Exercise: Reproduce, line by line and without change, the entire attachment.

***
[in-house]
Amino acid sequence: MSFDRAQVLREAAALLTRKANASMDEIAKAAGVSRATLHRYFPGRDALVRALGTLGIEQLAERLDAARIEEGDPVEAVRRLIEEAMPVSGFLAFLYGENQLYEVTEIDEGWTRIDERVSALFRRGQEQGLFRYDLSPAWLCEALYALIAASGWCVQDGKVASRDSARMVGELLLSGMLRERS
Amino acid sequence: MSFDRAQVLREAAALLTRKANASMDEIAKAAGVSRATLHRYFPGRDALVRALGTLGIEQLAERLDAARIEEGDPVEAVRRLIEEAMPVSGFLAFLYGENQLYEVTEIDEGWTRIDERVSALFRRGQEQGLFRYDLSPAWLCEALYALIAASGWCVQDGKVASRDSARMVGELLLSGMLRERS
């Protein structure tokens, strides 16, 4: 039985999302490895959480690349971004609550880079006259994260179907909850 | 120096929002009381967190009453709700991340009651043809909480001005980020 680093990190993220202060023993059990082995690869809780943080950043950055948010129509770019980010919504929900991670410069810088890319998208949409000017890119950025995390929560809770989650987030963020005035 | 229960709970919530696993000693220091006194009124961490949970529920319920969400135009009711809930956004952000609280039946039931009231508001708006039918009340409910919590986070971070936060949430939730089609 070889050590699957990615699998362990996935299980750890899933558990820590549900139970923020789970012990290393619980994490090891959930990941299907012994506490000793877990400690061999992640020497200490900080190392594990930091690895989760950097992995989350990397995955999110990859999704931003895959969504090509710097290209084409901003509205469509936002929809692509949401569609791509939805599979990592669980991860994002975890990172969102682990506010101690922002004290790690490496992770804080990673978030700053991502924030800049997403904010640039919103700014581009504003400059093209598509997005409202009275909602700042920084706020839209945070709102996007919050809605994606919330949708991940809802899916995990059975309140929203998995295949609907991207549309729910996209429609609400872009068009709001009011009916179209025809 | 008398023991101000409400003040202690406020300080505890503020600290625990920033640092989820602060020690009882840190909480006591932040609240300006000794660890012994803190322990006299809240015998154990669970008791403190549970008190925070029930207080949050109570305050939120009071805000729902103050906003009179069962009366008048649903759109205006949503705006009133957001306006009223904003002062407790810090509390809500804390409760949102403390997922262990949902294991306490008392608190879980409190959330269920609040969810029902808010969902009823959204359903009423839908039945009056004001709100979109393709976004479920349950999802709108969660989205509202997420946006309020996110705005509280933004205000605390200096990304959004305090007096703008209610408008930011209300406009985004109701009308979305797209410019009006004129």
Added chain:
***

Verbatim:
[in-house]
Amino acid sequence: MSFDRAQVLREAAALLTRKANASMDEIAKAAGVSRATLHRYFPGRDALVRALGTLGIEQLAERLDAARIEEGDPVEAVRRLIEEAMPVSGFLAFLYGENQLYEVTEIDEGWTRIDERVSALFRRGQEQGLFRYDLSPAWLCEALYALIAASGWCVQDGKVASRDSARMVGELLLSGMLRERS
Amino acid sequence: MSFDRAQVLREAAALLTRKANASMDEIAKAAGVSRATLHRYFPGRDALVRALGTLGIEQLAERLDAARIEEGDPVEAVRRLIEEAMPVSGFLAFLYGENQLYEVTEIDEGWTRIDERVSALFRRGQEQGLFRYDLSPAWLCEALYALIAASGWCVQDGKVASRDSARMVGELLLSGMLRERS
């Protein structure tokens, strides 16, 4: 039985999302490895959480690349971004609550880079006259994260179907909850 | 120096929002009381967190009453709700991340009651043809909480001005980020 680093990190993220202060023993059990082995690869809780943080950043950055948010129509770019980010919504929900991670410069810088890319998208949409000017890119950025995390929560809770989650987030963020005035 | 229960709970919530696993000693220091006194009124961490949970529920319920969400135009009711809930956004952000609280039946039931009231508001708006039918009340409910919590986070971070936060949430939730089609 070889050590699957990615699998362990996935299980750890899933558990820590549900139970923020789970012990290393619980994490090891959930990941299907012994506490000793877990400690061999992640020497200490900080190392594990930091690895989760950097992995989350990397995955999110990859999704931003895959969504090509710097290209084409901003509205469509936002929809692509949401569609791509939805599979990592669980991860994002975890990172969102682990506010101690922002004290790690490496992770804080990673978030700053991502924030800049997403904010640039919103700014581009504003400059093209598509997005409202009275909602700042920084706020839209945070709102996007919050809605994606919330949708991940809802899916995990059975309140929203998995295949609907991207549309729910996209429609609400872009068009709001009011009916179209025809 | 008398023991101000409400003040202690406020300080505890503020600290625990920033640092989820602060020690009882840190909480006591932040609240300006000794660890012994803190322990006299809240015998154990669970008791403190549970008190925070029930207080949050109570305050939120009071805000729902103050906003009179069962009366008048649903759109205006949503705006009133957001306006009223904003002062407790810090509390809500804390409760949102403390997922262990949902294991306490008392608190879980409190959330269920609040969810029902808010969902009823959204359903009423839908039945009056004001709100979109393709976004479920349950999802709108969660989205509202997420946006309020996110705005509280933004205000605390200096990304959004305090007096703008209610408008930011209300406009985004109701009308979305797209410019009006004129």
Added chain: